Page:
I won't go into the plot, since most people already know what this movie entails. Suffice it to say that it's a bit rushed, yet it's such a compelling story that nobody really cares.
     The real reason I am bringing this movie up is the 3D used in it. Blarg. The effects were hardly noticeable. All I recall being better was the opening (only because I was looking for the 3D) and a part where some leaves blow in the wind. The rest of the movie's 3D was lacking. That's what happens when you try to incorporate 3D into a 2D movie. However, my personal biggest disappointment was that kids over a certain age were not allowed to receive the special Lion King 3D glasses. Bleh. At least Harry Potter loves his teen audiences enough to give them special glasses. Even so, the lacking 3D was not enough to make my movie visit outright awful.
     Anyway, if for some odd reason you have not seen The Lion King before, go see it. If you have, go see it again. 3D or 2D. It doesn't really matter. Just go see it.

Rating: 4/5
P.S. This movie borders on a 5. Just saying.

Saturday, September 10, 2011

The Debt (2011)

     The Debt

Avery's Review

Sorry for the gap since the last review. School and whatnot.
      A short and sweet review? No can do. I’ll try, though.
     Through about half of the movie, my brain was aching from trying to figure out just what in the world was going on. The movie kept switching between two different time periods involving the same three people. It took me about thirty minutes to finally get that much straight. Aside from this, I was not super interested in what was going on in the movie, but I was not bored either. Everything was fairly bland. However, the plot twist that is delivered in this movie is what really got me liking this movie.  However, that affection was soon crushed.
     The Debt  stars Sam Worthington, Helen Mirren, Jesper Christensen, and Marton Csokas, along with others who play those actors’ respective roles in different time periods. The movie revolves around three Mossad agents who were sent to Germany to capture and bring back a Nazi war criminal (Christensen) who had sadistically experimented on thousands of Jews. After thirty years have passed since their mission, they have been celebrated as heroes for their work, yet something dark lingers over all three of them.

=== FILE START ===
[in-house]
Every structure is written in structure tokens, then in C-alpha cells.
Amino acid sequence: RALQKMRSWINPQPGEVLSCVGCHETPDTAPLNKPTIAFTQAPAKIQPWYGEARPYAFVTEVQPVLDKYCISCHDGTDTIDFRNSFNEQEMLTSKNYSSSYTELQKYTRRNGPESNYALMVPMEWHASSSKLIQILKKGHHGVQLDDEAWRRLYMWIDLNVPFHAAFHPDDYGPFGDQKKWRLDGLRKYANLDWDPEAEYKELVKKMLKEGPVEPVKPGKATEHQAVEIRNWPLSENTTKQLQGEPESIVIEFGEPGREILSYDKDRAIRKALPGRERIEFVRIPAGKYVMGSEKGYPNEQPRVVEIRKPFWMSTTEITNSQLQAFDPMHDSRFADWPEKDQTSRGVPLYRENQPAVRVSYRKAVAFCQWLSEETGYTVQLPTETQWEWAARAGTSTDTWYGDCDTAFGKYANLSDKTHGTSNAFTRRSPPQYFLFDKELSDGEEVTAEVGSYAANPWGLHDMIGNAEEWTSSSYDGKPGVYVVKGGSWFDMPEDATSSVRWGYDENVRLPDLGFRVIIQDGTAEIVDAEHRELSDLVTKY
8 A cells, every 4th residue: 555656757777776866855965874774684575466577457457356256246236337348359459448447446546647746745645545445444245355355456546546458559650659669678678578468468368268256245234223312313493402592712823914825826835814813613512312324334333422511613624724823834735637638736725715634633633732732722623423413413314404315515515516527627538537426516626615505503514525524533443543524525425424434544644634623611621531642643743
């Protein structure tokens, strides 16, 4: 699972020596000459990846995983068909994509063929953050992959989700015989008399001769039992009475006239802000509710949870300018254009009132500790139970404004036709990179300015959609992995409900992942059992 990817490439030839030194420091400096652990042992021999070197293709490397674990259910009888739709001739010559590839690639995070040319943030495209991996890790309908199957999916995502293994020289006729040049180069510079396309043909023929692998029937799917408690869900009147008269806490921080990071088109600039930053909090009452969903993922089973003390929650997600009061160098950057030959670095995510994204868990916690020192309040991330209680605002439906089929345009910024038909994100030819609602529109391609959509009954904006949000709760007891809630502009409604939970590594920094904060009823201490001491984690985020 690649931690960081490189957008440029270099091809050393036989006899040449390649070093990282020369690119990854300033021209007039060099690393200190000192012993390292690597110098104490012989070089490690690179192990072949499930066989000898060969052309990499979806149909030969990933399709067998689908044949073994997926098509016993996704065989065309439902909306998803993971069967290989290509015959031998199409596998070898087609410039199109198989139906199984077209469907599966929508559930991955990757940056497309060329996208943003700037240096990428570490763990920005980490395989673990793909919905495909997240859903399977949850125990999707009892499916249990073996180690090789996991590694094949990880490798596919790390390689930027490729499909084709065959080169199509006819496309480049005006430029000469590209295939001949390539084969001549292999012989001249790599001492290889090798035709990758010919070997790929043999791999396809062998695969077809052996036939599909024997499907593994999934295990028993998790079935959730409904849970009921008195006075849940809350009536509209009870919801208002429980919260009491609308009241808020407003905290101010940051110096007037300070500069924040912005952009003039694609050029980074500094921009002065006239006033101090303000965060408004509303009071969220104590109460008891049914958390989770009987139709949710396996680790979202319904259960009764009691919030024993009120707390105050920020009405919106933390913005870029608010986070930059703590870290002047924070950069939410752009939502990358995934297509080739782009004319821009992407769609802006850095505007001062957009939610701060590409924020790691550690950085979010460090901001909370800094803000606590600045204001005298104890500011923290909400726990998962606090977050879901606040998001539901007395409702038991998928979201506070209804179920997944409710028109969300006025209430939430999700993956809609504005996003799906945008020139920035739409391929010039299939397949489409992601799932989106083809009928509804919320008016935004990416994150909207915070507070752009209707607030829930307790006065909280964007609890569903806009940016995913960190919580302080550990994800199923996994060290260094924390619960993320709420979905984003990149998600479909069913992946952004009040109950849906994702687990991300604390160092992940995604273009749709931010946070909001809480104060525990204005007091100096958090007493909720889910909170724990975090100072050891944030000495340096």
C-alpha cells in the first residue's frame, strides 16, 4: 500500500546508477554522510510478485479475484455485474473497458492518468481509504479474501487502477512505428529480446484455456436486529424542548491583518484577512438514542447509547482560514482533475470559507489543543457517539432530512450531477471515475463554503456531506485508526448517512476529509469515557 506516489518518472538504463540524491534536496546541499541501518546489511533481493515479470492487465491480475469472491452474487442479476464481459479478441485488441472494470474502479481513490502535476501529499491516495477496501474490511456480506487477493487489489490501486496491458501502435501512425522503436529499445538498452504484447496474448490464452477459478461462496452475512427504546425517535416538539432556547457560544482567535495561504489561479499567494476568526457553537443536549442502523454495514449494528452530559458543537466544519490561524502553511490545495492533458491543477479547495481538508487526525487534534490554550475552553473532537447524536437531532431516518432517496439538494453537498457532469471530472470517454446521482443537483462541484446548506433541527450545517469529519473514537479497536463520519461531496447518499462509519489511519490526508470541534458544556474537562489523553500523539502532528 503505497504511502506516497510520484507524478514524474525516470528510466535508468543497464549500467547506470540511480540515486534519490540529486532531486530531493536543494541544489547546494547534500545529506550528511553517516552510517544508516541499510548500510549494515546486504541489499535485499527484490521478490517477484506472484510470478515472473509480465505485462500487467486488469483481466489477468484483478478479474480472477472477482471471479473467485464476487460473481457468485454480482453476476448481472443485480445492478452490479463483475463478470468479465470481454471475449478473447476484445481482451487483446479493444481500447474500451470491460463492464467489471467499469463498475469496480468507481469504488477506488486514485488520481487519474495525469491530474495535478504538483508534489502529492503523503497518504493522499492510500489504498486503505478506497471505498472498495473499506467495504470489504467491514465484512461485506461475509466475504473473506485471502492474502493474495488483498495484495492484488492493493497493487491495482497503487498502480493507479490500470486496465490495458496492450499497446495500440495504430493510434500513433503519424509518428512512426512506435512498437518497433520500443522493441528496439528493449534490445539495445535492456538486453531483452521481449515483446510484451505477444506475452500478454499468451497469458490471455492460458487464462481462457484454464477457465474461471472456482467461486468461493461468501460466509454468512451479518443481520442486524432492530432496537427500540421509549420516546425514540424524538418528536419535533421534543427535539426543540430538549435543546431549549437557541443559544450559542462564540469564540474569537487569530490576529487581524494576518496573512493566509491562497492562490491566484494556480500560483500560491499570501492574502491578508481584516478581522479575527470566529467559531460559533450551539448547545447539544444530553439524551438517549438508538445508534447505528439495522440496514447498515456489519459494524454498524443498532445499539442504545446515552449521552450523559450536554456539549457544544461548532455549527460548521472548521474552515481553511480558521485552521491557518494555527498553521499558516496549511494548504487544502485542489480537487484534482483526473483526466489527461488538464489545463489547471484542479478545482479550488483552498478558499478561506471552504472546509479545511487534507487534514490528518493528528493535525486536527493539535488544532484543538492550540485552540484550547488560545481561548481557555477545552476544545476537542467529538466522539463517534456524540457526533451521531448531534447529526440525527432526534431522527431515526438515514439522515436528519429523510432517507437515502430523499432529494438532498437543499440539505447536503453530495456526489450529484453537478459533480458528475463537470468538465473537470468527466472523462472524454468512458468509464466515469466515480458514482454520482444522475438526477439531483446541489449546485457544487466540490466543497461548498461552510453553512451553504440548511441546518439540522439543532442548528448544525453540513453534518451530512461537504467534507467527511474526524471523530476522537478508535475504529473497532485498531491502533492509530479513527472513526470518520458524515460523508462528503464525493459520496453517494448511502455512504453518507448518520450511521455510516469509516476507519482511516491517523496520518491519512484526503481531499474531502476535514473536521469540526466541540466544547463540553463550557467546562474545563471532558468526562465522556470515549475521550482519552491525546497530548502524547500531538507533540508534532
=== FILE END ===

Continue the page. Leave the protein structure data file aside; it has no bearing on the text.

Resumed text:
The acting is good, to use a bland word. I do not recall a single performance being unbelievable or just bad. I thought Christensen and Jessica Chastain (who portrayed the young version of Rachel, the main protagonist) delivered the strongest performances in the film.       
     I mentioned earlier that there was a huge plot twist that really grabbed my attention. It got me excited for the rest of the movie. However, I was sadly disappointed to find out that the movie’s ending…really did not tie up things. Lots of things were insinuated, but nothing was every fully explained, or rather, closed up. Happenings in the movie seemed too coincidental or unbelievable, even though they were executed well. Probably one of the things I liked most about The Debt was the fact that it portrayed the protagonists, Rachel, David, and Stefan, as normal humans with just a bit of combat training. In other words, when they got injured, they did not instantly jump back up as if nothing had happened. They seemed legitimately human, a rarity in movies nowadays. (I will refrain from talking about how the methods of causing people to become unconscious were not realistic, even if they were better than most movies.) Another pet peeve about this film is that the action happened so fast to the point that the motions were not comprehendible. Maybe we’ll get a Director’s Cut with slow-mo?
     According to my mom, the advertisements praised "Helen Mirren with a gun." I do not recall seeing her with a gun...a syringe, yes. A gun, no. Maybe I just missed something, though.